Summer is creeping slowly into the Smokies and fly patterns are beginning to shift again. In late spring and summer, nearly everything that hatches is brighter in color. Most of the aquatic insects you see are some shade of yellow or bright green. It certainly makes sense to fish fly patterns in the same color profile.
As I’ve mentioned before, fly patterns are hardly the most important piece of the puzzle when trout fishing in the Smokies. Approach and presentation is the name of the game here. The wrong fly presented well will always catch more fish than the right fly dragging across the surface. But if your presentation is solid, it stands to reason that showing the trout a fly that looks a little more like the naturals they are seeing will produce far more strikes.
Since hatches in the Smokies are rarely heavy enough to make the trout key in on specific insects, color and size are really the most important components of fly selection. And since we tend to fish a lot of riffles and pocket water in the summer months, buoyancy and visibility can be extremely beneficial as well. While there are a number of fly patterns that meet all of those needs, one of my favorites is the Lime Trude.
The Lime Trude is just one of many variations of what was originally a wet fly designed by Carter Harrison. In the early 1900’s, on a trip to the A.S. Trude Ranch near Big Springs, ID, the fly was apparently created as a joke. He used red yarn from a cabin rug as the body and reddish dog hair for a wing. The fly was an instant success and eventually upgraded to more common fly tying materials. That included a tail and hackle, converting it to more of a dry fly dressing.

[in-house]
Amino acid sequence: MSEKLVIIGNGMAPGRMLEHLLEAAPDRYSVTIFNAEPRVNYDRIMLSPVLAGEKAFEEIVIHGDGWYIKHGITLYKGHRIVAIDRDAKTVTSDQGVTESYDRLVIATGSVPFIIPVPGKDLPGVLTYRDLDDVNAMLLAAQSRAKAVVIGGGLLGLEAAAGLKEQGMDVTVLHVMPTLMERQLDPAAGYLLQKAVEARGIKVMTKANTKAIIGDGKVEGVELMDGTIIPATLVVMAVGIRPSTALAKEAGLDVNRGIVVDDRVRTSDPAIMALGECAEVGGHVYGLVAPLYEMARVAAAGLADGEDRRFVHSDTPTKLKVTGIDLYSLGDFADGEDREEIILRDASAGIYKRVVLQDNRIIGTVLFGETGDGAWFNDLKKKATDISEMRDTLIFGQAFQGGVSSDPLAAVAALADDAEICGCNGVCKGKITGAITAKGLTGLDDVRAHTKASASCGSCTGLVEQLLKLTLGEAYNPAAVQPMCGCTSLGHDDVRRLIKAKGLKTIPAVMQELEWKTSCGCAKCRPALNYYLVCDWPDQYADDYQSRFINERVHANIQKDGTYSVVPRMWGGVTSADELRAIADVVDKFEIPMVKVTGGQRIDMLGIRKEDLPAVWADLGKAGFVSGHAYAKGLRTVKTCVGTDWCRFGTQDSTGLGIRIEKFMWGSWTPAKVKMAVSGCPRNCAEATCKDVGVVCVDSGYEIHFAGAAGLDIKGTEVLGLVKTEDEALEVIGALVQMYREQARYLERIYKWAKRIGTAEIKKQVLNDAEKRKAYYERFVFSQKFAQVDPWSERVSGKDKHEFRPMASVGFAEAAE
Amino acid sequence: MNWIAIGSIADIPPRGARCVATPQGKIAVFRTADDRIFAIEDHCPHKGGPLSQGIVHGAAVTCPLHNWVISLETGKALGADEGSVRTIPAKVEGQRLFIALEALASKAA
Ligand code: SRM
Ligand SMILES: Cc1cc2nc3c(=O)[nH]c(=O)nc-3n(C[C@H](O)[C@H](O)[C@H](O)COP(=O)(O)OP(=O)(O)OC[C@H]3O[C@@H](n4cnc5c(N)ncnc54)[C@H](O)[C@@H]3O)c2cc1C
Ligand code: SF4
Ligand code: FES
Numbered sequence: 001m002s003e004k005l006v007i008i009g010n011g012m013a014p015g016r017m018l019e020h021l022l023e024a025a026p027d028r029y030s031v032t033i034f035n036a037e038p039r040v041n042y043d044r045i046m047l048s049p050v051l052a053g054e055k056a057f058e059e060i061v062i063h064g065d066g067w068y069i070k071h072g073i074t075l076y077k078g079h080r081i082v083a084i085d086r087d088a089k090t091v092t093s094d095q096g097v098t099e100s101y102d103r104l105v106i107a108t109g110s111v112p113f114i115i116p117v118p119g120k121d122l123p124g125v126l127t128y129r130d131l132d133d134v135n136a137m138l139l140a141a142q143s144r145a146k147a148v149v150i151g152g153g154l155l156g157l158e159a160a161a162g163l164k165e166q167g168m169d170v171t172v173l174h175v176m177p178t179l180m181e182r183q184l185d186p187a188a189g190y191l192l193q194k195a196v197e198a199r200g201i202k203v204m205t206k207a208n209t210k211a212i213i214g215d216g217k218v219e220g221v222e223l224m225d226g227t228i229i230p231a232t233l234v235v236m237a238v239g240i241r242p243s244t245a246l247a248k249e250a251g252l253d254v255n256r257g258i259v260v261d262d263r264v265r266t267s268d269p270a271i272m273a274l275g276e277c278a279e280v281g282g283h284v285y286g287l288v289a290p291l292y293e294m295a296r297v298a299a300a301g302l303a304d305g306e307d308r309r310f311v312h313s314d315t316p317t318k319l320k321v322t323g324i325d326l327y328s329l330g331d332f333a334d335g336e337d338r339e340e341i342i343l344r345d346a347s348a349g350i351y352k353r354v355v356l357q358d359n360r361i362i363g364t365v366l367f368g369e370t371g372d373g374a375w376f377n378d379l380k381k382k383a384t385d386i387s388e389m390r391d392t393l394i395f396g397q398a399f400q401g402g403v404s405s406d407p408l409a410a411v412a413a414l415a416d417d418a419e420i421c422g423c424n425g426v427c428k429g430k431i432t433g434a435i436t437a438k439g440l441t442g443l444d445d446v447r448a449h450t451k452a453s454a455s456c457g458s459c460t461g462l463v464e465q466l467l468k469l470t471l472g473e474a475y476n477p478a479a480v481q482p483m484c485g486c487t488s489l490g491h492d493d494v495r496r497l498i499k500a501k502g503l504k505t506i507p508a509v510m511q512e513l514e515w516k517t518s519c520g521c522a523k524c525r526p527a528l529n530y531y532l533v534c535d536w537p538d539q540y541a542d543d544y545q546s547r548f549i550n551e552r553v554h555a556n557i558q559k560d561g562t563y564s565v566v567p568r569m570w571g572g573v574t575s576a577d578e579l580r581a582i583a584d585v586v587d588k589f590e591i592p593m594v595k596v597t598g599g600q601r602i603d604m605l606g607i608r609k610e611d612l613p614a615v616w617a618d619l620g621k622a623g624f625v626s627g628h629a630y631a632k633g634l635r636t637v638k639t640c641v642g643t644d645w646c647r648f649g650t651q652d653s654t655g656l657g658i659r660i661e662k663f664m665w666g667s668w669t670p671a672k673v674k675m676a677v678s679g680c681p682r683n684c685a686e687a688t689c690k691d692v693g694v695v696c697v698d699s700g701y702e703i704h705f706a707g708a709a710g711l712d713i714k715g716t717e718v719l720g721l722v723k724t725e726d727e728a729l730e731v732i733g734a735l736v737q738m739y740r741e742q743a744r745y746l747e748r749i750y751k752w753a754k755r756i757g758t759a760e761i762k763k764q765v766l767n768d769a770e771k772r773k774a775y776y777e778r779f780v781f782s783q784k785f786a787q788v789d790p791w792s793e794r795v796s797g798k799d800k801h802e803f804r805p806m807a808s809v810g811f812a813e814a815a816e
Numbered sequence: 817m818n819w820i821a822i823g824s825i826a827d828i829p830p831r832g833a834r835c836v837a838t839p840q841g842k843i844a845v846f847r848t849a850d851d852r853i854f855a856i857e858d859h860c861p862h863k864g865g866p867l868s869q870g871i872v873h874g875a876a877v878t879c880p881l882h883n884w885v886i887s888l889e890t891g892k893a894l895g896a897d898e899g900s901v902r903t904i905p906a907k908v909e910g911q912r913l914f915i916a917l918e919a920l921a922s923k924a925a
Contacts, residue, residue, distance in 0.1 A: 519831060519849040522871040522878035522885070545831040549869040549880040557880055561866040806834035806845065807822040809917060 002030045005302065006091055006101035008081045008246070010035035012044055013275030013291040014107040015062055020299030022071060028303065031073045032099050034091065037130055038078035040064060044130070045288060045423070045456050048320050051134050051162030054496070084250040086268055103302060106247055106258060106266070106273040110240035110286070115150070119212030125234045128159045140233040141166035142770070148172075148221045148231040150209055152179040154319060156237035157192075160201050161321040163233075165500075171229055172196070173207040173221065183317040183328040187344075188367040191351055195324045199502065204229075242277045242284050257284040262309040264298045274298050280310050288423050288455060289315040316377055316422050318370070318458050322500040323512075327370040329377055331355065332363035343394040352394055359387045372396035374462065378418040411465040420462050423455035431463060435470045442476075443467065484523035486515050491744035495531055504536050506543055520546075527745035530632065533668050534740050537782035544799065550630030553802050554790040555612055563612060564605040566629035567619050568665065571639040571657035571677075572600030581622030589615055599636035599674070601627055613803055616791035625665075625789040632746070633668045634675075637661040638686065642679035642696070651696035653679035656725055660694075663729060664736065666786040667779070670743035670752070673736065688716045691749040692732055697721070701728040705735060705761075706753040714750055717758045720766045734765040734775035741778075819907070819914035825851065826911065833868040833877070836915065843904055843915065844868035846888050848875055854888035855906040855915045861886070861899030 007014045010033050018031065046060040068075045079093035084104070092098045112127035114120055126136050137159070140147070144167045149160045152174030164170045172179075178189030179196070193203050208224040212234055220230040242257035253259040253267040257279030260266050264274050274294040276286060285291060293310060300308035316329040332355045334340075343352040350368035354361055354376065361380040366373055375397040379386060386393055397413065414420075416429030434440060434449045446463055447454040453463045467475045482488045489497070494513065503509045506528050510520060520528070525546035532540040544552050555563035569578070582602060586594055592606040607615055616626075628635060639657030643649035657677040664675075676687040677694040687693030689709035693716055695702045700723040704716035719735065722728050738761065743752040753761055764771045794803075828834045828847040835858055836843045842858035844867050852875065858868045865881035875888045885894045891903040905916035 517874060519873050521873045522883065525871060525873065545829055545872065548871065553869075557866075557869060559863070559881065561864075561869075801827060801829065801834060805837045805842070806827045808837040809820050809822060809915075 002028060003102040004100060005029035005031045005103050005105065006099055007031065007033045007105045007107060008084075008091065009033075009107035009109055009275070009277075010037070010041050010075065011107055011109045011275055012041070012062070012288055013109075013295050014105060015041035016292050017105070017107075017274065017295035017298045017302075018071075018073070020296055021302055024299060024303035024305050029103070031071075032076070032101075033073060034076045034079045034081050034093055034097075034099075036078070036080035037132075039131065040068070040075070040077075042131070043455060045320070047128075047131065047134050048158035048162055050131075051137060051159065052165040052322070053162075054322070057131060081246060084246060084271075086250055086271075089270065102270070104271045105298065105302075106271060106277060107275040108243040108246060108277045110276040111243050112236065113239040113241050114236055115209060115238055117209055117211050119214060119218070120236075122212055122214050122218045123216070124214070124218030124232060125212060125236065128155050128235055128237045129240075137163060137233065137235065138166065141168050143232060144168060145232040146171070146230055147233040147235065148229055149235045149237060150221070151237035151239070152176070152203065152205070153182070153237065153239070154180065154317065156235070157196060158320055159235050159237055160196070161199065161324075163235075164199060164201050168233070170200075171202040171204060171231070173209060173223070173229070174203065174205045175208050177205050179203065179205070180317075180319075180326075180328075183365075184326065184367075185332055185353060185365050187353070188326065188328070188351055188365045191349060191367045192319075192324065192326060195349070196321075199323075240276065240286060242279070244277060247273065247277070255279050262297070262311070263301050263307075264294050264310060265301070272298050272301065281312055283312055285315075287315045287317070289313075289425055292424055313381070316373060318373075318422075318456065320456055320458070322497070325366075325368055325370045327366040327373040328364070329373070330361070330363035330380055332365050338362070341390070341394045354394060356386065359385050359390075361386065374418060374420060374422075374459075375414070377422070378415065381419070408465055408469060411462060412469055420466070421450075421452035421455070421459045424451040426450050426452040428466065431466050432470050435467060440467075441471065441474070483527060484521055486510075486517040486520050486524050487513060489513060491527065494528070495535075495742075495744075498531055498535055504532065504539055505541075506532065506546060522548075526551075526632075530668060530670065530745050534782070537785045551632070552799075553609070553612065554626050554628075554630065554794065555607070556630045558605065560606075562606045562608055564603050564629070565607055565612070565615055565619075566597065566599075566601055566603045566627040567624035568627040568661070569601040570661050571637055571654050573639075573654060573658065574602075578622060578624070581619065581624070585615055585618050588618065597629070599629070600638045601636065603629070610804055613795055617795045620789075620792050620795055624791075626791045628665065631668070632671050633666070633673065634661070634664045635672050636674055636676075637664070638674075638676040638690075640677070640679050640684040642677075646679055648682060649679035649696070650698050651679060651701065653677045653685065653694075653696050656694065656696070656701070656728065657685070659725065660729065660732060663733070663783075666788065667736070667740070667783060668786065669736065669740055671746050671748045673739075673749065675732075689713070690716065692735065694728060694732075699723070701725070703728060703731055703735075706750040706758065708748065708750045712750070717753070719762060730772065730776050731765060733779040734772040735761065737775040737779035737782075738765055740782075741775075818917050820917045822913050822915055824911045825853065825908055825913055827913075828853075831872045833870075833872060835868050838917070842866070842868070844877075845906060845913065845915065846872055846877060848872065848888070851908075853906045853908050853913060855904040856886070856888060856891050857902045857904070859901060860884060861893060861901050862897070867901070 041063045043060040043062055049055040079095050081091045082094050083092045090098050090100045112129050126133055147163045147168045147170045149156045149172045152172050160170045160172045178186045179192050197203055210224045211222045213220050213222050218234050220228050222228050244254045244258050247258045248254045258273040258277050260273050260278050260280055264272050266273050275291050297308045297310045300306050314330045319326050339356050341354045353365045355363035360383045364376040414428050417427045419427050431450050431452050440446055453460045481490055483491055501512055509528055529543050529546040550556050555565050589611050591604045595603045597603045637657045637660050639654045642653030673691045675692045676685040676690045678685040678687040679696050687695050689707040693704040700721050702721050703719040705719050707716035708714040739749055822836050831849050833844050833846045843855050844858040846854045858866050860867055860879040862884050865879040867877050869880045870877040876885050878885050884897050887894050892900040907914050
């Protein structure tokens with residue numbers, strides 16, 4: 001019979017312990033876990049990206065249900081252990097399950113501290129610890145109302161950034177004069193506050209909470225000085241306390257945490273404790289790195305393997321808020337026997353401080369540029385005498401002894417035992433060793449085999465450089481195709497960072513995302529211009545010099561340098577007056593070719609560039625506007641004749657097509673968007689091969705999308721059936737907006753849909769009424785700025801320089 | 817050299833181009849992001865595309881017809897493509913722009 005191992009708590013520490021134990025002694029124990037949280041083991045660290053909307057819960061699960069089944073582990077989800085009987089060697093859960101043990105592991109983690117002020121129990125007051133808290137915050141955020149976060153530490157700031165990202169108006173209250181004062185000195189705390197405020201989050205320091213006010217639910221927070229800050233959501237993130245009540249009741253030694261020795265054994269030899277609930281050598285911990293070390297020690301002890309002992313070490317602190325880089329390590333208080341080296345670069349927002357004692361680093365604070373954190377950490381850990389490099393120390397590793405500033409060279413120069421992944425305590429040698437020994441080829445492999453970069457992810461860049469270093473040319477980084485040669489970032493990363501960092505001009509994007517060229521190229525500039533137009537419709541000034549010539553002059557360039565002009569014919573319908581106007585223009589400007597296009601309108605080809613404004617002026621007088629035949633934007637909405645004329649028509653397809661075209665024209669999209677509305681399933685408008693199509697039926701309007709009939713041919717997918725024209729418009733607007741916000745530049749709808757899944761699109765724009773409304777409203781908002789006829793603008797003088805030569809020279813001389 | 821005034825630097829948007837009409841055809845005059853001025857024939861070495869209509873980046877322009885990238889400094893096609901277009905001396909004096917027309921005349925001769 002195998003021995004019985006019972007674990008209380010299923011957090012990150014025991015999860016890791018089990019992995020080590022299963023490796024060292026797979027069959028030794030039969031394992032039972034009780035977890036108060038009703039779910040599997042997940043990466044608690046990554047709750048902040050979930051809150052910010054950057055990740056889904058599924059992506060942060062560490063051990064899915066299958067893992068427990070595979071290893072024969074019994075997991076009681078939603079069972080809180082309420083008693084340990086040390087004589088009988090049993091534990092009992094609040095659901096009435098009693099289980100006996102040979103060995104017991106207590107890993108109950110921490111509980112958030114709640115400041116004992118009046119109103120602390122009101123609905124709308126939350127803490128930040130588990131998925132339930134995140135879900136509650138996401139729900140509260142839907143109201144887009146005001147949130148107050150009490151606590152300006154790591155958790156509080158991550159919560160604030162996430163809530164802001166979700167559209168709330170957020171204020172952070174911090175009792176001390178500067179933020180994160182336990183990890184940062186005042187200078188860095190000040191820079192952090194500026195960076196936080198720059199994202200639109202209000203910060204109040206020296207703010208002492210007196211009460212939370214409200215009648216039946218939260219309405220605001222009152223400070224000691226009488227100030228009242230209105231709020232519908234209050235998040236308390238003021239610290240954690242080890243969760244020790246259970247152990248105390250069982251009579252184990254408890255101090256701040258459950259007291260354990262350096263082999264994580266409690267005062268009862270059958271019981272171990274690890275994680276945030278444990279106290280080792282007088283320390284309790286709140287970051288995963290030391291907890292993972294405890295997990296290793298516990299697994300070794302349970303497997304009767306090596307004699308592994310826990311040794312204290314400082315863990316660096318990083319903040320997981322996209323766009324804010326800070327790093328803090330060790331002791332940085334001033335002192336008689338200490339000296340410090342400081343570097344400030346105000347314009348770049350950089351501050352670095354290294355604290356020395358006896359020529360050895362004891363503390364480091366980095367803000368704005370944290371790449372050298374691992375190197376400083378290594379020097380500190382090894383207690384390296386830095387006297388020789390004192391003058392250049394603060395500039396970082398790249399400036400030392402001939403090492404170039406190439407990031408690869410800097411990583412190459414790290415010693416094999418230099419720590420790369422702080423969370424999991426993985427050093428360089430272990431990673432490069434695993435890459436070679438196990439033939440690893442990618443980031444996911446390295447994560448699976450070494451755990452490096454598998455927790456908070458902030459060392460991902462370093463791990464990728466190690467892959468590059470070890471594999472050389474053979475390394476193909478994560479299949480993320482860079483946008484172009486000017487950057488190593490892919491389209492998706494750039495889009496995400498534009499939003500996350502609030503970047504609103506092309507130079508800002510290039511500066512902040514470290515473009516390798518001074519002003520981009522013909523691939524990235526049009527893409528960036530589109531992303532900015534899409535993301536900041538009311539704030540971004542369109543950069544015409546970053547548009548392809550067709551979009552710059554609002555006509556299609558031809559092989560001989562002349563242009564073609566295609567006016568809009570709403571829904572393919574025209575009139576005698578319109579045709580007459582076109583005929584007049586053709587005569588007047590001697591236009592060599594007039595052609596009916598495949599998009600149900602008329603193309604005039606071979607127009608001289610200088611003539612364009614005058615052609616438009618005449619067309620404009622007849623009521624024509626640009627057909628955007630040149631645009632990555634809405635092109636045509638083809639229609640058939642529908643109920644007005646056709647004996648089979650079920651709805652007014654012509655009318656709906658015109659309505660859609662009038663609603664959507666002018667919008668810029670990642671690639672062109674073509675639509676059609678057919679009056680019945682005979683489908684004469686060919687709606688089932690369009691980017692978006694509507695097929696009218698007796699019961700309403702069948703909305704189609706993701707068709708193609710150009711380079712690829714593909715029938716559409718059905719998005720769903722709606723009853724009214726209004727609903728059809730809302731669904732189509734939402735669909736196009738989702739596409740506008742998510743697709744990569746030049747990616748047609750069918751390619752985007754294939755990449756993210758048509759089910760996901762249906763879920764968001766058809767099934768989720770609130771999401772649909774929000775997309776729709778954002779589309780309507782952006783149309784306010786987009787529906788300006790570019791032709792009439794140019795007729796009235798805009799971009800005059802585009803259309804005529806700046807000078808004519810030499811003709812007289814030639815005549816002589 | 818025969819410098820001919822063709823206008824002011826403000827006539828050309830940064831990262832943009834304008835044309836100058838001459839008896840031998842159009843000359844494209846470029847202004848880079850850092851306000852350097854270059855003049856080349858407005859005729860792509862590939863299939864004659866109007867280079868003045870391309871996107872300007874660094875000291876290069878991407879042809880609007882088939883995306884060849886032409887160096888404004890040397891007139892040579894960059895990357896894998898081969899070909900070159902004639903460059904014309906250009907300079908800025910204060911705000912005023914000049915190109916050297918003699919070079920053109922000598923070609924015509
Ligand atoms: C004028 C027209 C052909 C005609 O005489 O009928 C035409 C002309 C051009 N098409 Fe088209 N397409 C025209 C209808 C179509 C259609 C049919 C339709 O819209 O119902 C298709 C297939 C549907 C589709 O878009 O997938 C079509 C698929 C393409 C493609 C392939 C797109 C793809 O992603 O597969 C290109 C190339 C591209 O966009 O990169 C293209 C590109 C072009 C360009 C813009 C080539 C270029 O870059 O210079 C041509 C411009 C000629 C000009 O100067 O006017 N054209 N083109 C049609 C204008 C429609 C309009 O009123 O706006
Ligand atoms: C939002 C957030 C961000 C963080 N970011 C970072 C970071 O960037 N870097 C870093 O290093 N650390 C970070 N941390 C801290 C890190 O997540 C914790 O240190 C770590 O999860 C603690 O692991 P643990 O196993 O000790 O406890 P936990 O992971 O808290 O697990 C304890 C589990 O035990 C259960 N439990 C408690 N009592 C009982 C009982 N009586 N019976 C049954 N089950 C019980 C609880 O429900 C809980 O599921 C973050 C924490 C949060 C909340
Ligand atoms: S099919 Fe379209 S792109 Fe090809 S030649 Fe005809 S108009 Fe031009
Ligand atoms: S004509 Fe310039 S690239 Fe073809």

The fly became a staple in the Rocky Mountains and evolved, as most patterns do, with the increased availability of more diverse fly tying materials. It seems a number of great fly tiers, including Dan Bailey, had a hand in the evolution of the fly we know today. The Royal Trude is the most popular. Essentially, it is just a hair wing version of the classic Royal Coachman. The Lime Trude, which gained notoriety after winning the Jackson Hole One-Fly Contest (I believe in the late 80’s or early 90’s), is probably a close second in popularity.
Much of the fly fishing history in the Smoky Mountains was not recorded. It is difficult to say just when the fly first made an appearance on our streams. But it has certainly been catching trout for many decades. For the purposes mentioned above, it has everything you need. The bright, greenish-yellow body looks like a lot of what the trout see this time of year. The hackle and calf wing make it a fairly buoyant fly. And the white hair wing also makes it highly visible.
It is certainly an attractor fly that might pass for a variety of caddisflies, stoneflies, and even mayflies. Fish it in sizes #16 – #12 on your favorite Smoky Mountain stream and let me know what you think!
Learn more about Smoky Mountain hatches and flies in my hatch guide.